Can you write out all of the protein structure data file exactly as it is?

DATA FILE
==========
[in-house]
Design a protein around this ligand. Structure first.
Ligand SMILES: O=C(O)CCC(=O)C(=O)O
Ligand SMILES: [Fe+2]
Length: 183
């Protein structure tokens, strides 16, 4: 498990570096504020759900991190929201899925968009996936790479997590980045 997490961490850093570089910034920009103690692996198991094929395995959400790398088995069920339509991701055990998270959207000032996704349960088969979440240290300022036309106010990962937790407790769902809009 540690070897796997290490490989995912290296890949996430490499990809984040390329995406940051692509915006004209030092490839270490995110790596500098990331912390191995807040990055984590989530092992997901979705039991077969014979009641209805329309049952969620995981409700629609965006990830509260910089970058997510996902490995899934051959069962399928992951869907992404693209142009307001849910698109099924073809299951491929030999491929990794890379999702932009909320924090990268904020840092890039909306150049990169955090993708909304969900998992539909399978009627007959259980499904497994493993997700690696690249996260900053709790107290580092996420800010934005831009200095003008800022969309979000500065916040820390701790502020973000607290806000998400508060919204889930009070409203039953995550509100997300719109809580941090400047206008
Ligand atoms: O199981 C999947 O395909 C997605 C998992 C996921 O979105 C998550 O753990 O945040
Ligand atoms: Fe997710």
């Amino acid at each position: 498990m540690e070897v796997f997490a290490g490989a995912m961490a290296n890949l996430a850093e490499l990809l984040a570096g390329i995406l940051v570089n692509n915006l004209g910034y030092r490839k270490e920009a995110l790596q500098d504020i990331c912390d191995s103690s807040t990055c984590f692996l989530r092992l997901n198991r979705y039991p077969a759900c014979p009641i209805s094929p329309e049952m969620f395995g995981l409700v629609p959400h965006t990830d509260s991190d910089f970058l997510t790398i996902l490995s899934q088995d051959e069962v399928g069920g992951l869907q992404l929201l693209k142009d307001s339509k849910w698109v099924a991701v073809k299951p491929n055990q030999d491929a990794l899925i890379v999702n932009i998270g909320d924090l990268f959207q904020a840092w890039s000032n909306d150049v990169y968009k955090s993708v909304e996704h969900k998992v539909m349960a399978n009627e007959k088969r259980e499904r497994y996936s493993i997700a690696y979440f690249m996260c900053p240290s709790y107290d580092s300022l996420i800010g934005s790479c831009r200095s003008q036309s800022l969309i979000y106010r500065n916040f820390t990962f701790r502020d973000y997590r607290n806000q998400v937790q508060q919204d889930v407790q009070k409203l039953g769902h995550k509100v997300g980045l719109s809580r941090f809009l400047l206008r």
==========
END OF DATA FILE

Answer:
[in-house]
Design a protein around this ligand. Structure first.
Ligand SMILES: O=C(O)CCC(=O)C(=O)O
Ligand SMILES: [Fe+2]
Length: 183
């Protein structure tokens, strides 16, 4: 498990570096504020759900991190929201899925968009996936790479997590980045 997490961490850093570089910034920009103690692996198991094929395995959400790398088995069920339509991701055990998270959207000032996704349960088969979440240290300022036309106010990962937790407790769902809009 540690070897796997290490490989995912290296890949996430490499990809984040390329995406940051692509915006004209030092490839270490995110790596500098990331912390191995807040990055984590989530092992997901979705039991077969014979009641209805329309049952969620995981409700629609965006990830509260910089970058997510996902490995899934051959069962399928992951869907992404693209142009307001849910698109099924073809299951491929030999491929990794890379999702932009909320924090990268904020840092890039909306150049990169955090993708909304969900998992539909399978009627007959259980499904497994493993997700690696690249996260900053709790107290580092996420800010934005831009200095003008800022969309979000500065916040820390701790502020973000607290806000998400508060919204889930009070409203039953995550509100997300719109809580941090400047206008
Ligand atoms: O199981 C999947 O395909 C997605 C998992 C996921 O979105 C998550 O753990 O945040
Ligand atoms: Fe997710």
């Amino acid at each position: 498990m540690e070897v796997f997490a290490g490989a995912m961490a290296n890949l996430a850093e490499l990809l984040a570096g390329i995406l940051v570089n692509n915006l004209g910034y030092r490839k270490e920009a995110l790596q500098d504020i990331c912390d191995s103690s807040t990055c984590f692996l989530r092992l997901n198991r979705y039991p077969a759900c014979p009641i209805s094929p329309e049952m969620f395995g995981l409700v629609p959400h965006t990830d509260s991190d910089f970058l997510t790398i996902l490995s899934q088995d051959e069962v399928g069920g992951l869907q992404l929201l693209k142009d307001s339509k849910w698109v099924a991701v073809k299951p491929n055990q030999d491929a990794l899925i890379v999702n932009i998270g909320d924090l990268f959207q904020a840092w890039s000032n909306d150049v990169y968009k955090s993708v909304e996704h969900k998992v539909m349960a399978n009627e007959k088969r259980e499904r497994y996936s493993i997700a690696y979440f690249m996260c900053p240290s709790y107290d580092s300022l996420i800010g934005s790479c831009r200095s003008q036309s800022l969309i979000y106010r500065n916040f820390t990962f701790r502020d973000y997590r607290n806000q998400v937790q508060q919204d889930v407790q009070k409203l039953g769902h995550k509100v997300g980045l719109s809580r941090f809009l400047l206008r």